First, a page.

"English classic meets Japanese style"
by Nina Romain for remotegoat on 09/02/09

This new take on A Midsummer Night's Dream sees the adventures of four young Athenian lovers transformed to the Kaga court of Daimyo Theseus, where Hermia is now in love with the young samurai Lysander.

The play took inspiration from Japanese Kabuki dance, Noh theatre and Kyogen clowns, and each actor play two parts, both a main character and then in headscarf becomes the Kaga craftsmen, or labourers in the original ("rude mechanicals", as Bottom scathingly calls them).

However, if you are going to to do a Samurai Japanese remake of this English classic, advertised with publicity photos of actors in full geisha-style make up and ceremonial dress, why not dress the actors and stage accordingly? The audience seemed slightly puzzled by the lack of ornate decoration in the play, after the sumptuous decoration on the publicity. The "enchanted forest" setting turned out to be stark, with the only set dressing two paintings of bonsai trees at each end, and the stage created of plain raised wood platforms in three layers.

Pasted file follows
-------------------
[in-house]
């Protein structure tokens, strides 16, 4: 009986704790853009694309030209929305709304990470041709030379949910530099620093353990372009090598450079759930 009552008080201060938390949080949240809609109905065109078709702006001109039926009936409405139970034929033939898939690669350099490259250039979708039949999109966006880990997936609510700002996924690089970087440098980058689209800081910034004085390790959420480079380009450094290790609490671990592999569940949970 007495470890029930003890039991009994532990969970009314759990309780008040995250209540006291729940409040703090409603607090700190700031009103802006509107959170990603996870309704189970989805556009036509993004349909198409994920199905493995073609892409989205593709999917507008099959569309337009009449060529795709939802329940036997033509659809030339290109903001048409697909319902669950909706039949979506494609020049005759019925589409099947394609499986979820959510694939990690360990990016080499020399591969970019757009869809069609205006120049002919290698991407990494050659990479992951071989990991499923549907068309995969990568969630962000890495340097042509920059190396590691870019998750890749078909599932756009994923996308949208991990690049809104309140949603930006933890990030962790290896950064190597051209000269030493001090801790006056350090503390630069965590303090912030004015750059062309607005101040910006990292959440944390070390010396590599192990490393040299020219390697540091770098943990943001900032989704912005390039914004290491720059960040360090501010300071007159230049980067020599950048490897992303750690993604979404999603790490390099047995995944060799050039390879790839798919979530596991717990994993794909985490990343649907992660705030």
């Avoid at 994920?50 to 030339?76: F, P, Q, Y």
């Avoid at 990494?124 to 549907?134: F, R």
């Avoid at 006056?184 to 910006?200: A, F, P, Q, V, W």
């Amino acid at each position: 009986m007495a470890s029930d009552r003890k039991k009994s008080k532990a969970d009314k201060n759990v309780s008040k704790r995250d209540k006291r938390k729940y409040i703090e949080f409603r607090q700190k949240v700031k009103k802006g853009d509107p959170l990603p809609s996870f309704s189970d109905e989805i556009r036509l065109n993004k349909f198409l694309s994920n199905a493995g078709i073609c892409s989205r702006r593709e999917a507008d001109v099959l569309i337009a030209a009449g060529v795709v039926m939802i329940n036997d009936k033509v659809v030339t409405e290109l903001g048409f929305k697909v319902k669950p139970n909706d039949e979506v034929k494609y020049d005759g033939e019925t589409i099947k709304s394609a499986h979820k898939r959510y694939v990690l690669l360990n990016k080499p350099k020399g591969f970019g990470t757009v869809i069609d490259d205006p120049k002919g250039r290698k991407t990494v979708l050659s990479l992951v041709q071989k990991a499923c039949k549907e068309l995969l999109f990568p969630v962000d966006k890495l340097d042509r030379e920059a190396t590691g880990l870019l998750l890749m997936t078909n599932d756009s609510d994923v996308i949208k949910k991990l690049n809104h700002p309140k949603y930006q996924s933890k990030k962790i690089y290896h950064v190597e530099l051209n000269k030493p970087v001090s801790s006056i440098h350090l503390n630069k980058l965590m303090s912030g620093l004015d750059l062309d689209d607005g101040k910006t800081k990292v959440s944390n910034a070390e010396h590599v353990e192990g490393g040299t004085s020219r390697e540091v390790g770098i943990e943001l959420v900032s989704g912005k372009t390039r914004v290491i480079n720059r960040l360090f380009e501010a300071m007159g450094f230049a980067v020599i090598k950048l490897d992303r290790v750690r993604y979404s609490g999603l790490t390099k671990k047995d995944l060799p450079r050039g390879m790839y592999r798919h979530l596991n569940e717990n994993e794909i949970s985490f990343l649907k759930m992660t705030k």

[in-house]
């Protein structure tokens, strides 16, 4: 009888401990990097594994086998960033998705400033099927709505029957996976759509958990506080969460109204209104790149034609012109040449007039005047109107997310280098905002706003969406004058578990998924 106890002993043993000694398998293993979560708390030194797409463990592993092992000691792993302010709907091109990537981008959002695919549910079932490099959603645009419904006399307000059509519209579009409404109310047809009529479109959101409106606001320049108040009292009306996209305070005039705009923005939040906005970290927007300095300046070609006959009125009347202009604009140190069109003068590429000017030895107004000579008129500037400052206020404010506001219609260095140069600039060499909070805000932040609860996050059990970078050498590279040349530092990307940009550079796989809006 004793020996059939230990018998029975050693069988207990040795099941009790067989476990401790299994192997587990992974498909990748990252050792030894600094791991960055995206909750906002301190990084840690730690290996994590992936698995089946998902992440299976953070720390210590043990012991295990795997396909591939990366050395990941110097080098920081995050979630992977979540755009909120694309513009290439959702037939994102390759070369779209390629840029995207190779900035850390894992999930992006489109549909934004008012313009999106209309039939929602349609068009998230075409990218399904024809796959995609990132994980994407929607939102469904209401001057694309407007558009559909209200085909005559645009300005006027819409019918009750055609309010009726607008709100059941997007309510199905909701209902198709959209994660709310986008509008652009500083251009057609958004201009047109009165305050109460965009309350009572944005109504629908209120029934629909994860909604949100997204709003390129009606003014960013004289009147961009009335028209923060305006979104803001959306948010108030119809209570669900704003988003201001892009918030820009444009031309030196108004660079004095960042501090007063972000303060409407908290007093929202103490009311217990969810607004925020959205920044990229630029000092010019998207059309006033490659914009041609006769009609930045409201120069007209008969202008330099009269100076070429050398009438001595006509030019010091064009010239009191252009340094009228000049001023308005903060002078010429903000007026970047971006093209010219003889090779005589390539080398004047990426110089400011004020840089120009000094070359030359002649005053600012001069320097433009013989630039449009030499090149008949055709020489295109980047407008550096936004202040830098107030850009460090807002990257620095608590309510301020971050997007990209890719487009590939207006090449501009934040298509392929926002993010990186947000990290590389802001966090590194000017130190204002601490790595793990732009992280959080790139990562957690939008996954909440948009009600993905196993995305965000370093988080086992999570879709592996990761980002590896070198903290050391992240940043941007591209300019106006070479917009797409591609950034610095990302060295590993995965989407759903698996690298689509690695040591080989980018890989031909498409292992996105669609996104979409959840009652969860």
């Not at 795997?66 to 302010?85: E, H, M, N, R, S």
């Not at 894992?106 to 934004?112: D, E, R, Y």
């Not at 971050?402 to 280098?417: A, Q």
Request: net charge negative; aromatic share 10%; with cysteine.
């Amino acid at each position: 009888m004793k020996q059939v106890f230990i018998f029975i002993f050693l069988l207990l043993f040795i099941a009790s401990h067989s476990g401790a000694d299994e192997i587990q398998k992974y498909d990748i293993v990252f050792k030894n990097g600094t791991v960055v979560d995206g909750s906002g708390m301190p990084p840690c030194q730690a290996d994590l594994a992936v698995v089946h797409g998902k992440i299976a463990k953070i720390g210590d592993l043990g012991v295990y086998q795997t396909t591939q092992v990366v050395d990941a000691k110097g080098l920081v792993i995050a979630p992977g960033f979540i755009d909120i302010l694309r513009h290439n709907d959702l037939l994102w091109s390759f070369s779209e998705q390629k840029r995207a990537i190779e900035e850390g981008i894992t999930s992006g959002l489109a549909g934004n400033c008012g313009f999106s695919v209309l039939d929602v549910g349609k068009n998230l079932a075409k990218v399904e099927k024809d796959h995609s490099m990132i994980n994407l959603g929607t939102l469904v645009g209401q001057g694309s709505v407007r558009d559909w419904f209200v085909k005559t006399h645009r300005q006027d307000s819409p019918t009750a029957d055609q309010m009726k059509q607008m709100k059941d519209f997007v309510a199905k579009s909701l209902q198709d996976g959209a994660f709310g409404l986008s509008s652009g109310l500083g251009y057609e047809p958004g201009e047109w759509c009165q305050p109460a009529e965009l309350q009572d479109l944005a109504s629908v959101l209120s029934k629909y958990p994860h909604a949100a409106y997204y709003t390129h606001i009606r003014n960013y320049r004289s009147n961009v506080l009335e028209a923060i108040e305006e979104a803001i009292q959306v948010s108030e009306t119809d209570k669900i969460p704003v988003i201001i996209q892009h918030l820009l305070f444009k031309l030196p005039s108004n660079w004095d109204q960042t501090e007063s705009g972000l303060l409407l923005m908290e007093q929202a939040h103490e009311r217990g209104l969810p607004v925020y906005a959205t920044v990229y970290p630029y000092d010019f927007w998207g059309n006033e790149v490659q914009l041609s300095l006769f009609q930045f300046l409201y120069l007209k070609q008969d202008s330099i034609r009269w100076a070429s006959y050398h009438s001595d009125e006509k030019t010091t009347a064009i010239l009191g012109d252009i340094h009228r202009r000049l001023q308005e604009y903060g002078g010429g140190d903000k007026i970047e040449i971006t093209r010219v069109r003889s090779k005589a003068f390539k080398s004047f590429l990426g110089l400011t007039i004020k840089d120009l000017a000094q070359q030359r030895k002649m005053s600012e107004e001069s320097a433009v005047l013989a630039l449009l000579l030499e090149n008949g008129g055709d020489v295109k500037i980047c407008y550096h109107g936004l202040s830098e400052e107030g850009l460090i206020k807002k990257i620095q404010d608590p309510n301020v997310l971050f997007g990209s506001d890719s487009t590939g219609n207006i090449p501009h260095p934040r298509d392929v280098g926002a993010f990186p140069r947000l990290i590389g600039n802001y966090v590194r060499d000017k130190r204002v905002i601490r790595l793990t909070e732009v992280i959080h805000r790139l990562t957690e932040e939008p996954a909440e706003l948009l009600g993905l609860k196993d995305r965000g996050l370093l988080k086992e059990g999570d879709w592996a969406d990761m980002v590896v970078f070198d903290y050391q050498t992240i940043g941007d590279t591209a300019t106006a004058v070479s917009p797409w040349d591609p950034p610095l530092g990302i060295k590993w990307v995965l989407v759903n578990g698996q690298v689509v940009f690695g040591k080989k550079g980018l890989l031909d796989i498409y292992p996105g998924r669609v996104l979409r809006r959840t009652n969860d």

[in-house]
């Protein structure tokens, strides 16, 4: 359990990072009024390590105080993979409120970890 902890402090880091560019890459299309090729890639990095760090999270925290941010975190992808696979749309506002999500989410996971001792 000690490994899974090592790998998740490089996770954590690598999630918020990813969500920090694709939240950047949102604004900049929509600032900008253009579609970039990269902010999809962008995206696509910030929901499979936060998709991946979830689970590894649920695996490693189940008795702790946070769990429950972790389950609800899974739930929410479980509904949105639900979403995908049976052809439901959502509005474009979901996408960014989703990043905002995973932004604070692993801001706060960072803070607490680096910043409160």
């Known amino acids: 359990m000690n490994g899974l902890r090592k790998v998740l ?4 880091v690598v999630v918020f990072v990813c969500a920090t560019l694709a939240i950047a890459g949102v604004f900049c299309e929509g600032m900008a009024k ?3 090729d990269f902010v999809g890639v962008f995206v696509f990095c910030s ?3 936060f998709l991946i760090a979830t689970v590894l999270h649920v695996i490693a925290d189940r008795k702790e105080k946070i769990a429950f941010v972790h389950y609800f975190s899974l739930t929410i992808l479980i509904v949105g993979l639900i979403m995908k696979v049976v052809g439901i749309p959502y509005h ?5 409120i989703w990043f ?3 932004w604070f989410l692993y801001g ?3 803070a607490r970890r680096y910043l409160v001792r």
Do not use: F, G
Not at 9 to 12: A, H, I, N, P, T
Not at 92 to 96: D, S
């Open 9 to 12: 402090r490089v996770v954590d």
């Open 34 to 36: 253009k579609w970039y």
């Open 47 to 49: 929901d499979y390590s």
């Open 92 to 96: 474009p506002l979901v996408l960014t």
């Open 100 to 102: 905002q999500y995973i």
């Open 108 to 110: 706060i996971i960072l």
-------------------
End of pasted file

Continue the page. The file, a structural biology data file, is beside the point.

The audience loved the roughhouse comedy, as well as the clown routines of Puck (Jay Oliver Yip) which were energetic and entertaining. The cast never seem to stop moving, climbing up ladders and perching on the wall 20 feet above the audience to give an idea of the creative hyperactivity of the play. The catfighting scene between Hermia (Nina Kwok) and Helena (Julia Sandiford) went on a little long, but was well received.

The traditional Japanese outfits were colourful and the plain white facemasks added to the air of swapping identities. Matt McCooey when playing Nick Bottom was entertaining and laidback, sporting a wild shock of straw hair added to his ass' head.

Director Jonathan Man keeps the pace brisk as the familiar tale of deception and falling in love bowls along. The cast gave it their all, undeterred by the trains rumbling ahead in the London Bridge station threatening to drown their lines, and performed well as a team. This interesting remake is a fascinating idea, but maybe needs to live up to the fairytale prettiness its name suggests.

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